AS the United National Party (UNP) celebrated its 65th anniversary on Tuesday many people concentrated on the responsibilities and challenges it has to face.
At the event UNP Leader Ranil Wickremesinghe took the optimistic standpoint that the party is for the small man and that it is the same togetherness that will help it win the upcoming local government elections, particularly in Colombo.
There is no doubt that the UNP has its work cut out for it. With little attention to good governance and transparency a vibrant opposition is one of the main salvation paths for the country. Yet repeated divisions and battles over leadership have weakened the party to the point that it is almost disregarded in the political environment.
If it were not for the fact that the people believe in change the UNP would already be a thing of the past. As a party that has lasted for 65 years it has weathered many storms; but this is only because there was a person within the ranks to think with vision and be ready to do what is best for the party. It is simply this trait that is lacking to bring the party together.
Having lost a string of elections the UNP faced yet another loss in the last round of local government elections. In fact it did not even manage to win one seat in Jaffna, a place that was once very much coloured in green. The fact that the UNP as a party and as the main opposition of the country is facing a survival challenge is a worrying fact for the entire nation.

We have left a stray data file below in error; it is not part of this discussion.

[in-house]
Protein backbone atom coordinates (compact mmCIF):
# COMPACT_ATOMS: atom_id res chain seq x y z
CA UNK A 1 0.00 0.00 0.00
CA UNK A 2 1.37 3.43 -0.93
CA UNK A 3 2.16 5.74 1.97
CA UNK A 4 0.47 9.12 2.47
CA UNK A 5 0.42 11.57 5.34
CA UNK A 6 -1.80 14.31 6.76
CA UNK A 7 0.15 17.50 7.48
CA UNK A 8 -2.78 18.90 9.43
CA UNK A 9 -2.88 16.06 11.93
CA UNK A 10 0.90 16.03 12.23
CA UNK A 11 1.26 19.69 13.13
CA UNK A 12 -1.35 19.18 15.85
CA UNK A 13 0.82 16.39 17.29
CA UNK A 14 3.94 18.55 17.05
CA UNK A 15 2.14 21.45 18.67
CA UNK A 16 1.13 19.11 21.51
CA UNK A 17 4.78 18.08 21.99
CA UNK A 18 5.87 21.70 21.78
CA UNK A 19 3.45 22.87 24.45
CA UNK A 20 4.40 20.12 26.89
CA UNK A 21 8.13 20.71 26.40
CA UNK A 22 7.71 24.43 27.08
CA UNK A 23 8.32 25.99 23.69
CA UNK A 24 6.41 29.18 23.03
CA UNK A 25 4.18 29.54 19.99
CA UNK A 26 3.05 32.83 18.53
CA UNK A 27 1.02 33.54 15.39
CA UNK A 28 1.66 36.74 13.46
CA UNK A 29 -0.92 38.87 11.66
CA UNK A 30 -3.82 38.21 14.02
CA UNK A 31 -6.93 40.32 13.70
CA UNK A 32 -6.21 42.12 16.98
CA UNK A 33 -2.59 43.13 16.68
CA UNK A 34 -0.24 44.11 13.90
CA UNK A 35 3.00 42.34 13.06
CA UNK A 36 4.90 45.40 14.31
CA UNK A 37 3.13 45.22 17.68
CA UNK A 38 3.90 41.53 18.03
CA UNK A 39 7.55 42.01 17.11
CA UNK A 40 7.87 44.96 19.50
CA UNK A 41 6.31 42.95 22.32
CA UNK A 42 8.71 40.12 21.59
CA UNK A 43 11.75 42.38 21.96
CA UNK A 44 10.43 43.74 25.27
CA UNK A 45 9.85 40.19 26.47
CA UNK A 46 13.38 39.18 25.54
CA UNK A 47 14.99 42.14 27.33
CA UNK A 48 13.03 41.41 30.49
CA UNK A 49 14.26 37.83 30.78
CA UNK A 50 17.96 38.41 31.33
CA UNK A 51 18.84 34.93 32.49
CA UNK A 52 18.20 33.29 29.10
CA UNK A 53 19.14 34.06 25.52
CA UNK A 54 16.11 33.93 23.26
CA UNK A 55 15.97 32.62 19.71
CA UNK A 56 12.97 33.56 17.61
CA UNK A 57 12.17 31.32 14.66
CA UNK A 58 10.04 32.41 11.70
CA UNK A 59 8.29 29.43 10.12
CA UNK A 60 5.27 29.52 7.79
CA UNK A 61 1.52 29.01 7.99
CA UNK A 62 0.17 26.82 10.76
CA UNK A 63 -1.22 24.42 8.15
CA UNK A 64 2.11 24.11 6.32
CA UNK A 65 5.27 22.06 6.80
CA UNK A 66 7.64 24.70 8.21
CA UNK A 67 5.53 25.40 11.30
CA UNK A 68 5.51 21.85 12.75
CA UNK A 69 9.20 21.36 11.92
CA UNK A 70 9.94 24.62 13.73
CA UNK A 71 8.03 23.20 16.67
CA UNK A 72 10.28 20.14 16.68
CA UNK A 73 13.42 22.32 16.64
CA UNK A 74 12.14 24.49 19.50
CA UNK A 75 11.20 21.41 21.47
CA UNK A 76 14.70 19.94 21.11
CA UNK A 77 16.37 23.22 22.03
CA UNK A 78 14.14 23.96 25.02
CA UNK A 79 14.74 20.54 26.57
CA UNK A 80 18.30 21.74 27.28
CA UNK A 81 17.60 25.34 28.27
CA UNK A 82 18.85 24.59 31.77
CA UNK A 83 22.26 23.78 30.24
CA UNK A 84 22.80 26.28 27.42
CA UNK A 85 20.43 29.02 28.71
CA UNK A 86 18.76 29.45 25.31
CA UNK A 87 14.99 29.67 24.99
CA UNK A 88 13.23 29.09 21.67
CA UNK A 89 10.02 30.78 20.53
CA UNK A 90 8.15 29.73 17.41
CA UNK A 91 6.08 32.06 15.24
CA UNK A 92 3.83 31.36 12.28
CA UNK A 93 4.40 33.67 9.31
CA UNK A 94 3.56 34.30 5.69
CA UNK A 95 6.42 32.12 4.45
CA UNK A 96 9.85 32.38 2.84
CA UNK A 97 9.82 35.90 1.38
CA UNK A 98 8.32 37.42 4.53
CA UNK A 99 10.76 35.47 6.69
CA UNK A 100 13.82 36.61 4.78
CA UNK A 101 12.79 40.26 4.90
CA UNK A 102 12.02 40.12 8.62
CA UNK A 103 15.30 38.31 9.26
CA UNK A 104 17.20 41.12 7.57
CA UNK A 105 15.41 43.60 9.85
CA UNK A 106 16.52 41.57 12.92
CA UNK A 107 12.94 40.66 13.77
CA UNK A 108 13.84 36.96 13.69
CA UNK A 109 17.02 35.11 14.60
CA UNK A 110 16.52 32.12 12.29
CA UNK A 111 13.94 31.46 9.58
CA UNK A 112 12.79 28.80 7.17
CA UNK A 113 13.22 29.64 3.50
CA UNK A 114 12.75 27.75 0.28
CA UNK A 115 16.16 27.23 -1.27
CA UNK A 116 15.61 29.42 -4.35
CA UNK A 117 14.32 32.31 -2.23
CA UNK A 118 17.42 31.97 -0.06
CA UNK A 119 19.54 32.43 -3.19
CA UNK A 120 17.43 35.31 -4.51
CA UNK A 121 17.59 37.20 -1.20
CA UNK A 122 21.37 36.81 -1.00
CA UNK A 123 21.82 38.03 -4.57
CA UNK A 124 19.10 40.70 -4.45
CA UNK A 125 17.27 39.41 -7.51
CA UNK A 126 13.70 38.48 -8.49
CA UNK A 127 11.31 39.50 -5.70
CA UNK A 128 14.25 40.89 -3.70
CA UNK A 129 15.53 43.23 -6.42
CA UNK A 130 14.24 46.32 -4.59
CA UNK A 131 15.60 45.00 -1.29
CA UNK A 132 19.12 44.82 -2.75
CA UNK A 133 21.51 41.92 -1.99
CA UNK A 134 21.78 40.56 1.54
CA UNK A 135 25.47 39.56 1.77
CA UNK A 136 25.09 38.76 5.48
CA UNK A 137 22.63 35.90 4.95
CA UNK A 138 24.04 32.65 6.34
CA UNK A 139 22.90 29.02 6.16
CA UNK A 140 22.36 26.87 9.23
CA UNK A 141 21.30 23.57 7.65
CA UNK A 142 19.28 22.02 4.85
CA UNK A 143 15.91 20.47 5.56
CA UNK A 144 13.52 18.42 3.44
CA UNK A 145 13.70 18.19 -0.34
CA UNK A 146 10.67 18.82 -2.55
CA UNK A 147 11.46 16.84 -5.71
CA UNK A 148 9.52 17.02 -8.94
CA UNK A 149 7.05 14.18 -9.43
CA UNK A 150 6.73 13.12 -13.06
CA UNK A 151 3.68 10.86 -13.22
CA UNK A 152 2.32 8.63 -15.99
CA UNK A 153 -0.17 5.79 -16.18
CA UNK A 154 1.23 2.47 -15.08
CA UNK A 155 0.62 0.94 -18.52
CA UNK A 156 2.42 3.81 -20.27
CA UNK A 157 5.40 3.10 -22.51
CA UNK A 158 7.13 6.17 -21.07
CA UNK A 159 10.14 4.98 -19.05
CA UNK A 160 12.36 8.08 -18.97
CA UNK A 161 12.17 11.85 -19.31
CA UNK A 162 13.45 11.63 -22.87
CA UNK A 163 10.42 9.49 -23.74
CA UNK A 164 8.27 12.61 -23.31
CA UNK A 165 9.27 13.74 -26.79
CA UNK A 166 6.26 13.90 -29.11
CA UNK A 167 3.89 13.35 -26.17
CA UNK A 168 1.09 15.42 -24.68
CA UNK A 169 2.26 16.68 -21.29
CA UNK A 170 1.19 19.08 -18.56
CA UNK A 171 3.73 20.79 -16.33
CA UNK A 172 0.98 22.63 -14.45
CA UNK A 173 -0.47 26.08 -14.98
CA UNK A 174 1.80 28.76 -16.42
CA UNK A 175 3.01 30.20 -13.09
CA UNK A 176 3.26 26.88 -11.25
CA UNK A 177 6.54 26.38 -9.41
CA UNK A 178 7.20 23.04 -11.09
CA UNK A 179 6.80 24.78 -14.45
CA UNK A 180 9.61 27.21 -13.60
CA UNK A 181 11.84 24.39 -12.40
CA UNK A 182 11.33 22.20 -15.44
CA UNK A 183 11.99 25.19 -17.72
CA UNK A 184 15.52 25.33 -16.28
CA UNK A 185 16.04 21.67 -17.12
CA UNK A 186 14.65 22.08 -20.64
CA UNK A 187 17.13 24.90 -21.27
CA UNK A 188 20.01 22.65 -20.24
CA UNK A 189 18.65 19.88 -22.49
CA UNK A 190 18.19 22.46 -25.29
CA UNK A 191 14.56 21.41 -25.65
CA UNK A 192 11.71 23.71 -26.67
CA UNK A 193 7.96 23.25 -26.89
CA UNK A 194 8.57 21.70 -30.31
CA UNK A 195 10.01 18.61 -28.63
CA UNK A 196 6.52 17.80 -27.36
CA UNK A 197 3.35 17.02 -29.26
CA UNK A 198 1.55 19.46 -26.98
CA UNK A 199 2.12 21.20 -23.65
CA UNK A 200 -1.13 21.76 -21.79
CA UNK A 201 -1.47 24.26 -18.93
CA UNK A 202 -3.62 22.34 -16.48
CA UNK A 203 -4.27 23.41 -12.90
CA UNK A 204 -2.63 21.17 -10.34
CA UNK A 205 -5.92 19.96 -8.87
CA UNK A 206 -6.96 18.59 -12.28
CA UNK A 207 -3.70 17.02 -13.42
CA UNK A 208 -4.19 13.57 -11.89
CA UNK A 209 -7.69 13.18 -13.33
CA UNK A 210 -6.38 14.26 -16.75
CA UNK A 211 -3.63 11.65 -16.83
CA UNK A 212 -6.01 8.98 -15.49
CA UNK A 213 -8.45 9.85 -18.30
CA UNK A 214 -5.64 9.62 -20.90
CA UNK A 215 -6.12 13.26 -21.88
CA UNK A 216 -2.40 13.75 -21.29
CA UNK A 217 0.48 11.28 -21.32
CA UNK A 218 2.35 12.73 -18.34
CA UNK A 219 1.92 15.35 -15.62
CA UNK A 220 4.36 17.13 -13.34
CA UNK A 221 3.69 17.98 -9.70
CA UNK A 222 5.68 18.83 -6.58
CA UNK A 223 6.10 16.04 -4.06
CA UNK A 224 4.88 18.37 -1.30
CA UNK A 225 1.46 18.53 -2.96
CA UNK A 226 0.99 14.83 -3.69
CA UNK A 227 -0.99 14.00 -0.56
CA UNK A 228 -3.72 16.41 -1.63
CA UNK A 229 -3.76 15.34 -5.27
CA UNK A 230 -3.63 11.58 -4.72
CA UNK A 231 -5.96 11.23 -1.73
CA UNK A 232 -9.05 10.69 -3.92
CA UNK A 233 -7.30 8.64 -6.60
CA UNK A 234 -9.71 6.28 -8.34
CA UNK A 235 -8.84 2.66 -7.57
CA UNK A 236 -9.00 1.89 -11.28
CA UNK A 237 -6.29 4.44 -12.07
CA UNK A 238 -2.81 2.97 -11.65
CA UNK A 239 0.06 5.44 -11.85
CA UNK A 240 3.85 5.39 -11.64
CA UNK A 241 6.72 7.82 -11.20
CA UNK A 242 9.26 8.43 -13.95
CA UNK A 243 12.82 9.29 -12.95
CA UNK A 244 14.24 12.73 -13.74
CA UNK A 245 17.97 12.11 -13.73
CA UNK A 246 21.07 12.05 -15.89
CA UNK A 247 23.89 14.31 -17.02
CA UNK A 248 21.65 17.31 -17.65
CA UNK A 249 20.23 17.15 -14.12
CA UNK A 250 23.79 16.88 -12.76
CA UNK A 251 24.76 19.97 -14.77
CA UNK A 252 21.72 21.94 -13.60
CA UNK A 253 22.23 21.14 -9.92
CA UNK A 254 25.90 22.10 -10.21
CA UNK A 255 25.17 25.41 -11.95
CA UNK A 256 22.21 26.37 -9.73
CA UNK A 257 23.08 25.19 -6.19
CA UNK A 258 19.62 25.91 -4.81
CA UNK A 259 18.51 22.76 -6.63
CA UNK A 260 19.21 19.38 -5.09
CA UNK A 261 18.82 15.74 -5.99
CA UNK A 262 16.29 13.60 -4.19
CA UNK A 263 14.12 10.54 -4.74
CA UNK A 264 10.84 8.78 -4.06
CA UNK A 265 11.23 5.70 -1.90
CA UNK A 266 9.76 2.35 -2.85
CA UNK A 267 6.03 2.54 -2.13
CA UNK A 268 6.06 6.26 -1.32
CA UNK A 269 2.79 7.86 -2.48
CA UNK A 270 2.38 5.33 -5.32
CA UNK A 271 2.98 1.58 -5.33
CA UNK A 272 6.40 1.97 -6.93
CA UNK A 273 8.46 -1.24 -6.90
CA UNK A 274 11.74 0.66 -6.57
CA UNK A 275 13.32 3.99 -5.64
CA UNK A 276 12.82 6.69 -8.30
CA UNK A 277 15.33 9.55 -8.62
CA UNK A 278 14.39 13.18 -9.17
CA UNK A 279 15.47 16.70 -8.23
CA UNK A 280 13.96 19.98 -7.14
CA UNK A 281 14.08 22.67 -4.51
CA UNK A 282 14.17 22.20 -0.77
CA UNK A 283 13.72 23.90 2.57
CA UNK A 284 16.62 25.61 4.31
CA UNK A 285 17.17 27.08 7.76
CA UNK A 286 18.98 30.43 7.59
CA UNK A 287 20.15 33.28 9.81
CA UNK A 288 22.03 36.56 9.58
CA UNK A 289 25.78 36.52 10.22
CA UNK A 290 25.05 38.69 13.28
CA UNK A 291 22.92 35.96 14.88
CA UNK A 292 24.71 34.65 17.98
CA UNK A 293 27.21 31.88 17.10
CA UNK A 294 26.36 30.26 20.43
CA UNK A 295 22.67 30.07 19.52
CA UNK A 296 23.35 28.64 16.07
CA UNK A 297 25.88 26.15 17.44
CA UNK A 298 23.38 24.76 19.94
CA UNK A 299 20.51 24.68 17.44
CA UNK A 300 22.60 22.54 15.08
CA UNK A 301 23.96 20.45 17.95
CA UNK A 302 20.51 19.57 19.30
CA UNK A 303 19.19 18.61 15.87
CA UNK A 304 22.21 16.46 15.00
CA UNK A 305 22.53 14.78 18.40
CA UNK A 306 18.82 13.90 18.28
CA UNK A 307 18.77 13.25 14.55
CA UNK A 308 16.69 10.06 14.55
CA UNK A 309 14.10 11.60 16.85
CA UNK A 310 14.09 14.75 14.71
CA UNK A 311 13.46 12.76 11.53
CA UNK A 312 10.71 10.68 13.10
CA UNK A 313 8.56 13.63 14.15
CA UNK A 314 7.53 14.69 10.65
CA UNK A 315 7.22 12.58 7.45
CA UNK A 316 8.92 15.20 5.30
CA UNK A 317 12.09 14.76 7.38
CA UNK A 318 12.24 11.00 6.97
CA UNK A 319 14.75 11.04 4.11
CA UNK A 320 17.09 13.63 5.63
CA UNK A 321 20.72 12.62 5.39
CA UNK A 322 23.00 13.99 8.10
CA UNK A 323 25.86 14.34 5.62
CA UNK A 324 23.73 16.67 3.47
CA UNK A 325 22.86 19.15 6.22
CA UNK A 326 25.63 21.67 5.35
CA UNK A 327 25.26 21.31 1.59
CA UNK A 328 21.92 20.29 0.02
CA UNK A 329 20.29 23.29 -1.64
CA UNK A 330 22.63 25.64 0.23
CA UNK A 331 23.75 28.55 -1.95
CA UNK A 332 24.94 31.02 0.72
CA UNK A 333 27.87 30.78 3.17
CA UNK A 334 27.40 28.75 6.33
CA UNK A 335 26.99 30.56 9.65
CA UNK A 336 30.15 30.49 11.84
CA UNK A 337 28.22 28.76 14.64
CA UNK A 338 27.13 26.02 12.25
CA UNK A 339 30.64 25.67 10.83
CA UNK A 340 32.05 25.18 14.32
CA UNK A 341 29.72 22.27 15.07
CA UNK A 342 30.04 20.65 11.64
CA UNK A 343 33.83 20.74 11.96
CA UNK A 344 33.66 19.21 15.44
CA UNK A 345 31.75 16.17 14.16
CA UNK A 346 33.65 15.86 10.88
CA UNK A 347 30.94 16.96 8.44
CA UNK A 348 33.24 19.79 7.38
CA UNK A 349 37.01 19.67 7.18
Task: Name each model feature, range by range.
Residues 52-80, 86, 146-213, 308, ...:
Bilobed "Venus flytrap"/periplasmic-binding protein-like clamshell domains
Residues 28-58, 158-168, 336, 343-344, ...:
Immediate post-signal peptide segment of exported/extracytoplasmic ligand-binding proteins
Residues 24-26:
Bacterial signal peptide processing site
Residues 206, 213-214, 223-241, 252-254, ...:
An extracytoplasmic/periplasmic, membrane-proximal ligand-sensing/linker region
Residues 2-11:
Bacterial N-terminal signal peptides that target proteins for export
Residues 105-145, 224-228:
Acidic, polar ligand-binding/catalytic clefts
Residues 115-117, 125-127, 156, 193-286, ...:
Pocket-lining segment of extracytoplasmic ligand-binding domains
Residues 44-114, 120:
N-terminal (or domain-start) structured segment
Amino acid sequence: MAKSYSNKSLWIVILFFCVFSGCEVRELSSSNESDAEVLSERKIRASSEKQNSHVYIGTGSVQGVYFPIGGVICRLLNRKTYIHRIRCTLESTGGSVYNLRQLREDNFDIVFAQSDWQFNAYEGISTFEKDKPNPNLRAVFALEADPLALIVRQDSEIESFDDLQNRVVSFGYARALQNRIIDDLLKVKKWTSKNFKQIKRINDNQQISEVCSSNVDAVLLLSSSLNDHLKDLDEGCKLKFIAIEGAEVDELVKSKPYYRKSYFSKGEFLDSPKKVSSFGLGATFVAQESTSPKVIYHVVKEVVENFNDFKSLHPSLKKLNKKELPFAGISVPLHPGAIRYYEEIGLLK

It is well known that many of the less popular moves taken by parliament cannot be stopped as the UNP does not have the required strength. It has consistently struggled to make its voice heard in key development issues and this is a loss to the people. As Sri Lanka’s public sector stumbles from problem to problem there is an increased need for the UNP to act as watchdog.
The UNP was there to see the country through the transition from colonial to dominion and from there on to independence. It saw the advent of war and the dawn of peace. Now the UNP must guide Sri Lanka through the minefields of development and this it has full power to do.
Winning elections is important for the party. However it is not the only service to the nation, in fact stamping out corruption, mismanagement and wastage can be a greater service to the country than merely ruling it. The UNP has to fight for what the people deserve but do not have inclusive and genuine democracy, freedom of expression and transparency.
Wickremesinghe as well as the other members within the party can call for unity. But for unity there must be sacrifice. There must be the humility to listen to the people and do what must be done without regarding personal benefits. Whether the UNP has that kind of leadership remains to be seen.
The upcoming local government elections will be another test for the UNP, a time to see whether change can be a reality or if the party will limp to its 66th anniversary with the same problems burdening its and the country’s future.